Man:gem-indexer

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NAME

gem-indexer -- The GEM indexer for genomes and proteins (protein indexing disabled in this release)

SYNOPSIS

gem-indexer [OPTIONS-i input_file -o output_prefix

DESCRIPTION

The following options are available:

-i input_sequences (string, mandatory)
The name of the multi-FASTA file to be indexed.
-o index_prefix (string, mandatory)
The prefix of the generated archive. The full name will be index_prefix.gem.
-c|--content-type content_type (dna or protein, default=dna)
The type of data contained in the multi-FASTA file to be indexed.
--force-fm-general-index (default: deduced from content)
For the sake of optimization, more than one type of archive can be produced by the GEM system (being all of them, as of this writing, variations of the FM-index). In particular, a specially optimized kind of archive fm-dna is supported, which is suitable for indexing DNA sequences (supporting nucleotide characters 'A', 'C', 'G', 'T', an unknown character 'N' and an inter-sequence separator character ' '). Another archive format also exists, allowing to index strings containing arbitrary characters; with respect to DNA-only archives it will provide reduced performance, though. By default, the program uses a fm-dna index when the content is dna and a fm-general when the content is protein, but --force-fm-general-index can be specified to index DNA with the generic index (obtaining reduced performance).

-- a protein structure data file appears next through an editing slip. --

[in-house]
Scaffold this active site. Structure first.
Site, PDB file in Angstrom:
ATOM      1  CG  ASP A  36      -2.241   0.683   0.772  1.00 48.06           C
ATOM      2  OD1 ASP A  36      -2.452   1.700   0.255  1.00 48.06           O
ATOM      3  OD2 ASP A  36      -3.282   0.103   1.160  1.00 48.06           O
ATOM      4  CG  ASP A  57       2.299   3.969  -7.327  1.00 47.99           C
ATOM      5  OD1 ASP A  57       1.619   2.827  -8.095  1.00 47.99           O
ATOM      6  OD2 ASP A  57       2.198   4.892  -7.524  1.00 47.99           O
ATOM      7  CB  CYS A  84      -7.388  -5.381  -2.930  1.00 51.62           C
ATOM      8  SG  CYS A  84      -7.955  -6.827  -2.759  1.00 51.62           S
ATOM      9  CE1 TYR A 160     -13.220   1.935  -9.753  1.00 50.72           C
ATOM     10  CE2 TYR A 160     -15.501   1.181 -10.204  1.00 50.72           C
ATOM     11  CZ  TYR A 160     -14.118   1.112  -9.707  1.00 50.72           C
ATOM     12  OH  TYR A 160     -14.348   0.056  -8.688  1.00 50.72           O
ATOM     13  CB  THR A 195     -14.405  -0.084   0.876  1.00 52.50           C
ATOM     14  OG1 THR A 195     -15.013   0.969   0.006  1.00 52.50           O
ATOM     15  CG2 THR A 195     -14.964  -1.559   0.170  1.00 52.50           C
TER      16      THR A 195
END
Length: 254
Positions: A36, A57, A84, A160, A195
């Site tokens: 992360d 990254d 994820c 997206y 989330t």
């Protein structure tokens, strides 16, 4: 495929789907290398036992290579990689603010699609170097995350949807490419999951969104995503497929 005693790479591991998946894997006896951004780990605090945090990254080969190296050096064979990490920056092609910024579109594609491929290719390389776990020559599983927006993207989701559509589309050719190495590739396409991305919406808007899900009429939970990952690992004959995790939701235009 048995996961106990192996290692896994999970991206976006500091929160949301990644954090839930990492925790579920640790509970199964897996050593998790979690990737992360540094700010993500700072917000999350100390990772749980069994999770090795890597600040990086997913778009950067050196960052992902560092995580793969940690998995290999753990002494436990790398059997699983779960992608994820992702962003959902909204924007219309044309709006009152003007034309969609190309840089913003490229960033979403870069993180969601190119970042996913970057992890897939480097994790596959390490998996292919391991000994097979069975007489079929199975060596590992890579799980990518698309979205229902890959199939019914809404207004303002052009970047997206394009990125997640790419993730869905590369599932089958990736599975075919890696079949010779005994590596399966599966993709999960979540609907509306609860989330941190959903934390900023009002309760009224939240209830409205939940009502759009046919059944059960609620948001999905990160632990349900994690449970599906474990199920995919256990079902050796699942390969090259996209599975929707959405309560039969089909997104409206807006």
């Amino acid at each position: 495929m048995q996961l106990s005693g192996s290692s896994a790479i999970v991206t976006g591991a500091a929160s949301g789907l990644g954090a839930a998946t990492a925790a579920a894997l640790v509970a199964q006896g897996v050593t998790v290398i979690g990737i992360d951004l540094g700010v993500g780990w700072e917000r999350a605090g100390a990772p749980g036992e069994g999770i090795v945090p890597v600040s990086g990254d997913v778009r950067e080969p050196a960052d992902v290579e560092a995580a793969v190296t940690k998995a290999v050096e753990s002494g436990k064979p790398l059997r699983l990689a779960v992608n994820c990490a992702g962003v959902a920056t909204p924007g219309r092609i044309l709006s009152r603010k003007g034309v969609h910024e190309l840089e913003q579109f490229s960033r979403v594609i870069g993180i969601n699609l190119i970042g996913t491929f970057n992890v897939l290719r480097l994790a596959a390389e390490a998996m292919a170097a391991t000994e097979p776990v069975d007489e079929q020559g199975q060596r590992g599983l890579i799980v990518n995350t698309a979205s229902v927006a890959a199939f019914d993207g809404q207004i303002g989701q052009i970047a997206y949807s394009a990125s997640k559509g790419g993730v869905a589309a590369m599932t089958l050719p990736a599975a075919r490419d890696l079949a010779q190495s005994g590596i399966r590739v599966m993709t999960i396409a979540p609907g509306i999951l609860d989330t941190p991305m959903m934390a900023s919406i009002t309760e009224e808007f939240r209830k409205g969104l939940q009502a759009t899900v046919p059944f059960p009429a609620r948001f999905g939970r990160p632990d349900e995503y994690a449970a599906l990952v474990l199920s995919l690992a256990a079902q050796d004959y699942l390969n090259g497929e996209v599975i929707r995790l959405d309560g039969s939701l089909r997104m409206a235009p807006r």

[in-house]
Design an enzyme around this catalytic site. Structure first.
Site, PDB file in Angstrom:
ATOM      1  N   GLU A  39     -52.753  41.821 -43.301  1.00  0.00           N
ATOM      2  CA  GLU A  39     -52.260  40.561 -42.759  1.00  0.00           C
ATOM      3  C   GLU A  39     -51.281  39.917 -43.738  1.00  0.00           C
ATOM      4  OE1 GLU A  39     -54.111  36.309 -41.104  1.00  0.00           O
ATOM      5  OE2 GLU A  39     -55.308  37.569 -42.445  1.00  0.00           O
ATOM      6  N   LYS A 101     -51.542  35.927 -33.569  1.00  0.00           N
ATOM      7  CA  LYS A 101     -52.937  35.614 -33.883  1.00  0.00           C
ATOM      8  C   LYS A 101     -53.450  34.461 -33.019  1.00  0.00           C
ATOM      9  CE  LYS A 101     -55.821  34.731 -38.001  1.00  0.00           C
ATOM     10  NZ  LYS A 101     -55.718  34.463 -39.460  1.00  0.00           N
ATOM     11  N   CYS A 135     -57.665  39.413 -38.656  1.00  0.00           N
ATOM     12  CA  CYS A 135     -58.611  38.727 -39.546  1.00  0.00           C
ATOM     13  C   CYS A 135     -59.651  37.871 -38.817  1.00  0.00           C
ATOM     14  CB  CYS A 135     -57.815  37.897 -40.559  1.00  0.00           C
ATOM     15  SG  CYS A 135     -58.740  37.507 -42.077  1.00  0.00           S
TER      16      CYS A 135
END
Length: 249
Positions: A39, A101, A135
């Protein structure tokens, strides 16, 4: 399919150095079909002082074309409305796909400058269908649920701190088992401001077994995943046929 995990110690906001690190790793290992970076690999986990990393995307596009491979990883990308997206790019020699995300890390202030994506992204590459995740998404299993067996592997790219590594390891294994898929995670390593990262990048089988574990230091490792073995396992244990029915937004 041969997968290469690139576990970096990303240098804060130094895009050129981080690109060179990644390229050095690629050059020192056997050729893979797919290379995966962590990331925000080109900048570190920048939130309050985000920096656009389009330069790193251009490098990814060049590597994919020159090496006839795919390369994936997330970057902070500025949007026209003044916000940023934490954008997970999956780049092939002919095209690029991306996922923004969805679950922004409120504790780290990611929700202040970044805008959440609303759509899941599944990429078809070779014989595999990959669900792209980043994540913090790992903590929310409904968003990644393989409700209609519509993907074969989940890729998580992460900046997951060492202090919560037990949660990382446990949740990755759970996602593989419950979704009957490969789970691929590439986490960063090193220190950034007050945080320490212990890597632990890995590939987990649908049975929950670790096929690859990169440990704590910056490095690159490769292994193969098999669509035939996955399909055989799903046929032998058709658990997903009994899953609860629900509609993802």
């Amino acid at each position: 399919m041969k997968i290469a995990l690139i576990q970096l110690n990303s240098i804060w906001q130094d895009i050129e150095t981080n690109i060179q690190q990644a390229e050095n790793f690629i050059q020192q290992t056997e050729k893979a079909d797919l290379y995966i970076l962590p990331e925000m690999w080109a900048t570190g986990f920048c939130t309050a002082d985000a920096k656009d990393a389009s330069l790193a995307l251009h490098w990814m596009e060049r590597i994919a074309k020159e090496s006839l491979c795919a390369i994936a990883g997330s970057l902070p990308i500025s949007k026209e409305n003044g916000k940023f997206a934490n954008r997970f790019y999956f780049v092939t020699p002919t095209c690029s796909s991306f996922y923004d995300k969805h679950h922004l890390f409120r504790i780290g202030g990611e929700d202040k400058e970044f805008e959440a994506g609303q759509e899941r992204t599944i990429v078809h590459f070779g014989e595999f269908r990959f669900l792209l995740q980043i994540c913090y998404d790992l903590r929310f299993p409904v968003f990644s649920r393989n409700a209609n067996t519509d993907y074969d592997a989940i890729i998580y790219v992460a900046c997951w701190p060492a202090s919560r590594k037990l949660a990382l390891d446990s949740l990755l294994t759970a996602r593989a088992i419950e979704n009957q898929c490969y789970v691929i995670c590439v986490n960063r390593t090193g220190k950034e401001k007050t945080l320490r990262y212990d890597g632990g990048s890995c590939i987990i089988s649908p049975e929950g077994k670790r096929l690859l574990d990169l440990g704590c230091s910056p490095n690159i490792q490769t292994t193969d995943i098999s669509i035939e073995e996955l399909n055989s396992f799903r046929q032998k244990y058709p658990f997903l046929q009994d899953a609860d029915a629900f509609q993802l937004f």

--filter-function filter_function; (iupac-dna, iupac-colorspace-dna or none, defaults: iupac-dna for DNA, none for protein)
In the case of DNA indexing, it is advisable to pre-filter the contents of the sequence file: for example, it might contain IUPAC wildcards for ambiguous bases. As explained above, for optimization reasons the specialized archives produced by using the option --index-type fm-dna can only contain characters 'A', 'C', 'G', 'T' and 'N'; hence, the iupac-dna filter maps all the ambiguities to 'N'. Filter iupac-colorspace-dna must be used when indexing a reference for subsequent colorspace mapping.